CMA closes investigation into British Airways and Ryanair

18th October 2021 by admin

PDF IconOpen the Article

The Competition and Markets Authority (CMA) has concluded that a lack of clarity in the law makes it insufficiently certain that it would be able to secure refunds for customers of British Airways and Ryanair who were prevented from flying by Covid travel restrictions.

In June 2021, the CMA launched a probe into the airlines over concerns they may have broken the law by failing to offer refunds for flights customers could not legally take during periods of lockdown. Instead, British Airways offered customers vouchers or rebooking and Ryanair provided the option to rebook.

After a thorough examination of relevant law, and the evidence it had gathered during its investigation, the CMA has concluded that the law does not provide passengers with a sufficiently clear right to a refund in these unusual circumstances to justify continuing with the case.

Consumer protection law sets out that passengers are entitled to refunds when an airline cancels a flight, because the firm cannot provide its contracted services. However, it does not clearly cover whether people should be refunded when their flight goes ahead but they are legally prohibited from taking it.

Following its review of the law and evidence, alongside expert advice, the CMA concluded that prolonging this investigation could not be justified given the length of time it would take to reach an outcome in the courts and the uncertain outcome. Considering this, and given the CMA can only enforce the law as it stands, it has decided to close the investigation.

This case is different from other instances where the CMA has secured refunds for customers. For example, in the package travel sector, customers are protected by a separate set of laws, the Package Travel Regulations, which give consumers refund rights that the CMA was able to enforce. The CMA was also able to take effective action to get consumers refunds in several other sectors, such as weddings and holiday lets. In these cases, the legal position was different, in particular because lockdown legislation made it unlawful for businesses to operate – unlike airlines, who were permitted to continue flights.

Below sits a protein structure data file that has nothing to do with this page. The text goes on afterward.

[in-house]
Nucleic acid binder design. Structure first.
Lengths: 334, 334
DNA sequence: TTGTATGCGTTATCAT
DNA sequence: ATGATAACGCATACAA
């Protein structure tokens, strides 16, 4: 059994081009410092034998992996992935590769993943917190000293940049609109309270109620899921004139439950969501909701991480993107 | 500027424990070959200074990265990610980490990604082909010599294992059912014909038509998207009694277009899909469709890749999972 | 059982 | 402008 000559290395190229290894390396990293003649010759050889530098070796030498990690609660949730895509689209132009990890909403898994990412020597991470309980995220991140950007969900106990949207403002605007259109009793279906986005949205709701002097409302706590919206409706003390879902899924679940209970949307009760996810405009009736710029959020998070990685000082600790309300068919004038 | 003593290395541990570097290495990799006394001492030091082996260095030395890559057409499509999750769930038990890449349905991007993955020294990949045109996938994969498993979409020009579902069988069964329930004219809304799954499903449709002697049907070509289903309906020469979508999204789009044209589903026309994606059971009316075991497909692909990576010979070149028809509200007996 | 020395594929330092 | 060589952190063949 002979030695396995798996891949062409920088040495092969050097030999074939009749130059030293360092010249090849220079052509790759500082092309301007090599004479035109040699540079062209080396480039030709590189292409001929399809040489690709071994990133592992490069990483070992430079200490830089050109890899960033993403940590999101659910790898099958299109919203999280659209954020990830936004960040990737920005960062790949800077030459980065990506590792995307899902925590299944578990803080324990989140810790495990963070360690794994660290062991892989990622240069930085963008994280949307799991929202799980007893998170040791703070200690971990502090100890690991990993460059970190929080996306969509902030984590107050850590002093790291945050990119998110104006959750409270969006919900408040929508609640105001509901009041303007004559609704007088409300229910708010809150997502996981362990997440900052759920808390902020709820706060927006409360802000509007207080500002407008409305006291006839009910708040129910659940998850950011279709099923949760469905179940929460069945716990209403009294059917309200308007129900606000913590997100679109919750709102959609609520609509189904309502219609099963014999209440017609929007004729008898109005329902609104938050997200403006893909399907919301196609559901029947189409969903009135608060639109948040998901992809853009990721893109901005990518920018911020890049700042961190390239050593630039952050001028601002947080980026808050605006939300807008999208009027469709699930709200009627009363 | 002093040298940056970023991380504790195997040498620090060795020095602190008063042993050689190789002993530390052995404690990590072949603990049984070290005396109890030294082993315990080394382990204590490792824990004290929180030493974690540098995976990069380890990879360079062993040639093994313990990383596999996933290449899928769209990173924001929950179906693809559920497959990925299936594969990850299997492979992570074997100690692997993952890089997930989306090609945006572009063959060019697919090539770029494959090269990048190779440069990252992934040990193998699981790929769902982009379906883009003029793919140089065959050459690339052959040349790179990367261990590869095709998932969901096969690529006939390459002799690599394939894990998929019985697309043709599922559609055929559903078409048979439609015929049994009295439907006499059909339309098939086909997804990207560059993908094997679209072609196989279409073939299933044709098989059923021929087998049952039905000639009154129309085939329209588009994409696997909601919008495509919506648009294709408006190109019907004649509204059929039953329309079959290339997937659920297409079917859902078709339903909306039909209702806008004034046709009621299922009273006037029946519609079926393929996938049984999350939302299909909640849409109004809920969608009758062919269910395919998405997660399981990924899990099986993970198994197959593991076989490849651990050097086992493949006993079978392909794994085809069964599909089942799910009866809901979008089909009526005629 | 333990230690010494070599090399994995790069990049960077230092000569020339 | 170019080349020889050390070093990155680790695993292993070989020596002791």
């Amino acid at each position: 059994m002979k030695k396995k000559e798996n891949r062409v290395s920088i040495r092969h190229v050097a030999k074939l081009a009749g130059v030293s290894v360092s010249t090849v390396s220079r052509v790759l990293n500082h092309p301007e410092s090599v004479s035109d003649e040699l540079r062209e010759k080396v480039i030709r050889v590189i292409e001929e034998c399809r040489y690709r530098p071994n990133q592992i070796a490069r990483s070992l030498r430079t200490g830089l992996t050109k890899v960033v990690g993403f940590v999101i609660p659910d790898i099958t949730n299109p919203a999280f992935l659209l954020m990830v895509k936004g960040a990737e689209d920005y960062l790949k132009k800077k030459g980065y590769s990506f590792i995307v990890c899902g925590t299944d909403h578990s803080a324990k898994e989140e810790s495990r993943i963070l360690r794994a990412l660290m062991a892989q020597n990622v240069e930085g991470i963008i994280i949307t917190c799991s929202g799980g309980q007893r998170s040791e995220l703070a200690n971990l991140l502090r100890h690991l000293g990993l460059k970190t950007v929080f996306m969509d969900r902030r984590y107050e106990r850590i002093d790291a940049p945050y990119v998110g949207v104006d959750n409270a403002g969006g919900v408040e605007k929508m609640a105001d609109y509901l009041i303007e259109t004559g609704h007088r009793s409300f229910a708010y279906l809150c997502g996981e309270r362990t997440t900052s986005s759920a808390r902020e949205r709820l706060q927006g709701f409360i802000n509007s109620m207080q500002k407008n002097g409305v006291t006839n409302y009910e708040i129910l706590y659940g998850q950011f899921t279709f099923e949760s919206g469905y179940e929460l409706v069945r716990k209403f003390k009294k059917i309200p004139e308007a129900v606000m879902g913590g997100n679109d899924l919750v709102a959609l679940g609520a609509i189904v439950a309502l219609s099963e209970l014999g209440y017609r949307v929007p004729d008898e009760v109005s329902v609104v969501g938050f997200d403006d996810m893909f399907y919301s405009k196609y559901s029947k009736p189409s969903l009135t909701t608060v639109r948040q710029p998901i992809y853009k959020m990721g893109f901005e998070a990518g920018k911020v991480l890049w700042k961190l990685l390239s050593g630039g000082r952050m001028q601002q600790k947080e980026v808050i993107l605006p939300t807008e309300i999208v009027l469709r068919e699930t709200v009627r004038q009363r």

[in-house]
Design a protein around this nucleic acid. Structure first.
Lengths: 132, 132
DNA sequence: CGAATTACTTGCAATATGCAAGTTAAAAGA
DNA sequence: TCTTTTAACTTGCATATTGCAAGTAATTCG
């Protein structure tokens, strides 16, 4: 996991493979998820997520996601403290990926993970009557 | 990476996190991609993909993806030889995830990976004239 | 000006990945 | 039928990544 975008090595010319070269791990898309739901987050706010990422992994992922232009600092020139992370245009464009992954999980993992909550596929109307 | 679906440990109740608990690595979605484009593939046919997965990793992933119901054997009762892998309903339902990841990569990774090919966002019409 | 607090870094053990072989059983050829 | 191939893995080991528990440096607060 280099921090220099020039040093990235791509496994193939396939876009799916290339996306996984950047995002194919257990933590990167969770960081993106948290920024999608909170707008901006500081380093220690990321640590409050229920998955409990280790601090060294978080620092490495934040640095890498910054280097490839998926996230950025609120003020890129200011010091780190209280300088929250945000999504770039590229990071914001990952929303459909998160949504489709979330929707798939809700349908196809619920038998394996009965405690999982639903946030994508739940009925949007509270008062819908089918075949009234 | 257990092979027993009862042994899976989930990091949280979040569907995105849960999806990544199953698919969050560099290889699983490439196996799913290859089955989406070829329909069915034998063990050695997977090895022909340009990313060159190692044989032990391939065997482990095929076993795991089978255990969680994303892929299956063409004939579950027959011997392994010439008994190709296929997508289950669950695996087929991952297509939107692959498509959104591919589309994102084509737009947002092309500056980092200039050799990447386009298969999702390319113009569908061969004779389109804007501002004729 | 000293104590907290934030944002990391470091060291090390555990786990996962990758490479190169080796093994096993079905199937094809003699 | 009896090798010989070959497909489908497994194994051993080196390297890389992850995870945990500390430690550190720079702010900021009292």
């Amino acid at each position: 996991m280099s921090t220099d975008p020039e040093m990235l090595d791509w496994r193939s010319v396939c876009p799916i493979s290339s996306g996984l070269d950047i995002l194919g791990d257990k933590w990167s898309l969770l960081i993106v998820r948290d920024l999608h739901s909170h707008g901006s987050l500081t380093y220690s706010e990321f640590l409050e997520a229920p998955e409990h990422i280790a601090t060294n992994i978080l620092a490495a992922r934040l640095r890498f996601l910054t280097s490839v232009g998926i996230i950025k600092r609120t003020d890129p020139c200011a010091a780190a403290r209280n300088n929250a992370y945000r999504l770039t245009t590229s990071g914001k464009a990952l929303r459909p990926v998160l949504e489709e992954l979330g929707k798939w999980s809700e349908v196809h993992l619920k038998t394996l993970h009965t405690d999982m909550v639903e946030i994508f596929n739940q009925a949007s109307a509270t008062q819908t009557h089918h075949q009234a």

CMA action has already led to commitments to refund hundreds of millions of pounds for people whose holidays were cancelled due to the pandemic, including from Love Holidays,, Virgin Holidays, TUI UK, Sykes Cottages and Vacation Rentals.

[Source: CMA 7 October 2021]



The information on this website is brought to you free of charge. However some links on the site are affiliate links, including the links to Amazon. This means that we may receive a commission if you purchase something via that link. This funding helps pay for the upkeep, design and content of the site. Without it the site would not exist. If you have found the site useful or interesting please consider using the links to make your purchases; it will be much appreciated. For every commission we receive 10% will be donated to charity.

We use cookies, just to track visits to our website, we store no personal details. ACCEPT COOKIES What are cookies?